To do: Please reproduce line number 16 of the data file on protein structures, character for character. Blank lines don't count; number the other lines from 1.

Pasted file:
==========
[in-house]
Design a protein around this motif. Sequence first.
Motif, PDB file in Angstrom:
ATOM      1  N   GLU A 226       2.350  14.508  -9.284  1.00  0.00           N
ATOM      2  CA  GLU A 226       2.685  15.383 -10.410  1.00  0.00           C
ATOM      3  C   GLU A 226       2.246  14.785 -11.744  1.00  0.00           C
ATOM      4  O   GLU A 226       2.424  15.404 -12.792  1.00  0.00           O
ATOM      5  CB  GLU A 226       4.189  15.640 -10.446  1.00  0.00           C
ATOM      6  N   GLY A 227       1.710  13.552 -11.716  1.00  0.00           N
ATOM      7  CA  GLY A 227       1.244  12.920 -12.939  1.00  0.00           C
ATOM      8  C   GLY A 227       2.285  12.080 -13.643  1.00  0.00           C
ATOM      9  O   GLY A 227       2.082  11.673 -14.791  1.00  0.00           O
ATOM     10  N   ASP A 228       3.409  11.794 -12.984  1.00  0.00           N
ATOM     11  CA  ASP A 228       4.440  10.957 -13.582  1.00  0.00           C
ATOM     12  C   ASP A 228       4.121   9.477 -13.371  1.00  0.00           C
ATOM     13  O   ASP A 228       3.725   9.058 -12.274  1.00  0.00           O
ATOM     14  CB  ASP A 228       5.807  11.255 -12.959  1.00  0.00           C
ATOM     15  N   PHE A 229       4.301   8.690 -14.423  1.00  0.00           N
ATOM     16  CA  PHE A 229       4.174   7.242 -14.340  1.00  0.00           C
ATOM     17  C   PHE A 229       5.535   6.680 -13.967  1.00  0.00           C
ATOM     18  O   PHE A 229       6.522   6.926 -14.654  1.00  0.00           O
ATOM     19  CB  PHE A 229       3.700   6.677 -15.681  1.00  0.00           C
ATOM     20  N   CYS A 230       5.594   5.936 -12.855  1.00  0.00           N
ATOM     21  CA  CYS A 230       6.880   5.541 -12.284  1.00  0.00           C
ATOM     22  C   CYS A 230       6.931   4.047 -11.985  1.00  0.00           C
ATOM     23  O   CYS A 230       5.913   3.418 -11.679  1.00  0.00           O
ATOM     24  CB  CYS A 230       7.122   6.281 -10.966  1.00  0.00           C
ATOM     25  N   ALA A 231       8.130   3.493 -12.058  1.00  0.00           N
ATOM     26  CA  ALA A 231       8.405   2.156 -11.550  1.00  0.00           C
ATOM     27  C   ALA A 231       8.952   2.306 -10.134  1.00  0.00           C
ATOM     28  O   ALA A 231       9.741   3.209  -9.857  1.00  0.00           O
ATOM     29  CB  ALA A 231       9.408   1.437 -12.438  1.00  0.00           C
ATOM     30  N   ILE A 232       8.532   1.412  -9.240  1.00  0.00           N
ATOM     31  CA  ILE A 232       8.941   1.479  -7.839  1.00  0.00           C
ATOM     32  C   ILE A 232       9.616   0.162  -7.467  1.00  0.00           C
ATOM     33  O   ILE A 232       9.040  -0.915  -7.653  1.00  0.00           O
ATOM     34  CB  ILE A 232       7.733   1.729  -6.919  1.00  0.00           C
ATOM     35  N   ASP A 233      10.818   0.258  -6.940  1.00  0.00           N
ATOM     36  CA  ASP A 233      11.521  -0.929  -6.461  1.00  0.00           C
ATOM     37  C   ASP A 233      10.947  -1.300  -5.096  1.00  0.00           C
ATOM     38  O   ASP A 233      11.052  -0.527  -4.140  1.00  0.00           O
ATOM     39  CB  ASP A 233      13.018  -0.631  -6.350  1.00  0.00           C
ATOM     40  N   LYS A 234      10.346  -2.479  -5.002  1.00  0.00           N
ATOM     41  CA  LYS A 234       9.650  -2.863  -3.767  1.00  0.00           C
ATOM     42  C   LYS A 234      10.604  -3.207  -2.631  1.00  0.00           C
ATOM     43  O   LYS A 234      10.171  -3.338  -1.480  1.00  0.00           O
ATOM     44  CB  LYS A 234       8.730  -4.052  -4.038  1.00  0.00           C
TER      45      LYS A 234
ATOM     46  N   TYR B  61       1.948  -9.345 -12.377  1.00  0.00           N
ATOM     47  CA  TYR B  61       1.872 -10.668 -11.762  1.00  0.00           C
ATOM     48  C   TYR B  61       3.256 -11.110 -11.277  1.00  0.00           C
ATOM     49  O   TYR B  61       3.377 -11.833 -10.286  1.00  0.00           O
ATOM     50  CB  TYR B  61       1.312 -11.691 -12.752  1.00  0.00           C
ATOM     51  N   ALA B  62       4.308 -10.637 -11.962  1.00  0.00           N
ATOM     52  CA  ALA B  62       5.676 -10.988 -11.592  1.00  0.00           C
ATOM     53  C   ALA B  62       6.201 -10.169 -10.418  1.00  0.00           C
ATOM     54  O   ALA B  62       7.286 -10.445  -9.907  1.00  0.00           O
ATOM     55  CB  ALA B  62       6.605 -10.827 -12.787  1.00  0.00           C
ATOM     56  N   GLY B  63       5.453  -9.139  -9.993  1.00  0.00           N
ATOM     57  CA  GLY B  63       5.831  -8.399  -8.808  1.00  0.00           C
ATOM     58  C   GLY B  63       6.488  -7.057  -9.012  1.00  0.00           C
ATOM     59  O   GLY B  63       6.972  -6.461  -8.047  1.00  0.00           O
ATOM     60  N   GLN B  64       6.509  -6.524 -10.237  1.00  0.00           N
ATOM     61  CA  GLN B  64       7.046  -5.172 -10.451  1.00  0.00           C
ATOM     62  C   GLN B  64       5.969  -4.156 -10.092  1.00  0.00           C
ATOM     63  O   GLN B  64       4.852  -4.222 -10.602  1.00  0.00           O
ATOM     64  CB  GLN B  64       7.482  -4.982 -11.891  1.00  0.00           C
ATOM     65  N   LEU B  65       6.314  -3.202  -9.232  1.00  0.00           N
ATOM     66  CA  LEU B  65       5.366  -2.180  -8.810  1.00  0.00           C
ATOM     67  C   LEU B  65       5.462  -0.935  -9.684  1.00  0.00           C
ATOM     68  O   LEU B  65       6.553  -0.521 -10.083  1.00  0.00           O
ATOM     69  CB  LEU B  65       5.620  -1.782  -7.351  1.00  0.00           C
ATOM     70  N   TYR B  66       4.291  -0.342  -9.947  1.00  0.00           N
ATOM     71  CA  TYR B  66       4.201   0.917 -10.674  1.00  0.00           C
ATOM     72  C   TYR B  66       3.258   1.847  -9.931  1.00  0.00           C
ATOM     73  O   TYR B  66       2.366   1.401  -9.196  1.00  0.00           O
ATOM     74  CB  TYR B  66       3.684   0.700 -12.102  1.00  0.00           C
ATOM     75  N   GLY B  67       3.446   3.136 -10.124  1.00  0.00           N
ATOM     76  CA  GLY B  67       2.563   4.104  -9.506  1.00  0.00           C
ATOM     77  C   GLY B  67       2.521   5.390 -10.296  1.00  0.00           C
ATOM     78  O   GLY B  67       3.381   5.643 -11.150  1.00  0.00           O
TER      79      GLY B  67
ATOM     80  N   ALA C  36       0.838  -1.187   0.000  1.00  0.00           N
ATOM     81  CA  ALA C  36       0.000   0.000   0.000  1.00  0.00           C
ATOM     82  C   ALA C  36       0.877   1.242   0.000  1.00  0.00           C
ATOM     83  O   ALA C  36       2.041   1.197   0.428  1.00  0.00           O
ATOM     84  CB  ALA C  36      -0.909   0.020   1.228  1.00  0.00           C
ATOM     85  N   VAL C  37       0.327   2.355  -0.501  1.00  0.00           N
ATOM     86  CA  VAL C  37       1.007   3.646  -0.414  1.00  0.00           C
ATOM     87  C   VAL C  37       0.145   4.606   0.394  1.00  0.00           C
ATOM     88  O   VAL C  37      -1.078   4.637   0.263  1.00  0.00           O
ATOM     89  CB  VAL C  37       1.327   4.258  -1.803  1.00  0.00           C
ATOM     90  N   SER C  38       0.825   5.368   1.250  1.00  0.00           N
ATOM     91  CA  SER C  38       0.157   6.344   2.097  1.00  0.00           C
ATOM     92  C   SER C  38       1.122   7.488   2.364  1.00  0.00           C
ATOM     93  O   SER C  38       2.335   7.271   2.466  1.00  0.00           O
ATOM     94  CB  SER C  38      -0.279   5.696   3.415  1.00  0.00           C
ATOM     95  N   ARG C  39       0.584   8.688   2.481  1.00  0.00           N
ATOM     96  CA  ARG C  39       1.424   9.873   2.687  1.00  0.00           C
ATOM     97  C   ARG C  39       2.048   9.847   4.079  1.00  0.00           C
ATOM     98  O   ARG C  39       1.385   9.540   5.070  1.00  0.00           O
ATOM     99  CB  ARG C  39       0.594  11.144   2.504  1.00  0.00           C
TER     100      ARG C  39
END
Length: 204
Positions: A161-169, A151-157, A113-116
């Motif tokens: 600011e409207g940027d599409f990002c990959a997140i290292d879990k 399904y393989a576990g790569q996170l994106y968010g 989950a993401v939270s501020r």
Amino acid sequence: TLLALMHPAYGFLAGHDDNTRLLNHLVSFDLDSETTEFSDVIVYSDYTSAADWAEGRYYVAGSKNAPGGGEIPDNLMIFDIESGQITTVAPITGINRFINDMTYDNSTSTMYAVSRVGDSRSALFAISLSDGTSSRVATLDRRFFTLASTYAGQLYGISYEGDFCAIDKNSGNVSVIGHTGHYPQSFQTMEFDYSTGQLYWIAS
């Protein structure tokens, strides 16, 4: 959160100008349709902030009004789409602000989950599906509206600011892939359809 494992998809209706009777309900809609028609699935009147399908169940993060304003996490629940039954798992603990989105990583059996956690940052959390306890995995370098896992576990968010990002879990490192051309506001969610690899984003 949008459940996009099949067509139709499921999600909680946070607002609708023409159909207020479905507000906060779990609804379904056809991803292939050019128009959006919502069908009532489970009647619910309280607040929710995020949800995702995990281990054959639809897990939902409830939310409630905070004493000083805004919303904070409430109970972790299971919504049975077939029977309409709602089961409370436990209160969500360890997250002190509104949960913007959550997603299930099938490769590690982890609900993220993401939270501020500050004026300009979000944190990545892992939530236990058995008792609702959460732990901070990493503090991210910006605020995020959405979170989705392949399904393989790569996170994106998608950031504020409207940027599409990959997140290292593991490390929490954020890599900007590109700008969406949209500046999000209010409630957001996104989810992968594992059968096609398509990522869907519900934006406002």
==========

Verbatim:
ATOM     13  O   ASP A 228       3.725   9.058 -12.274  1.00  0.00           O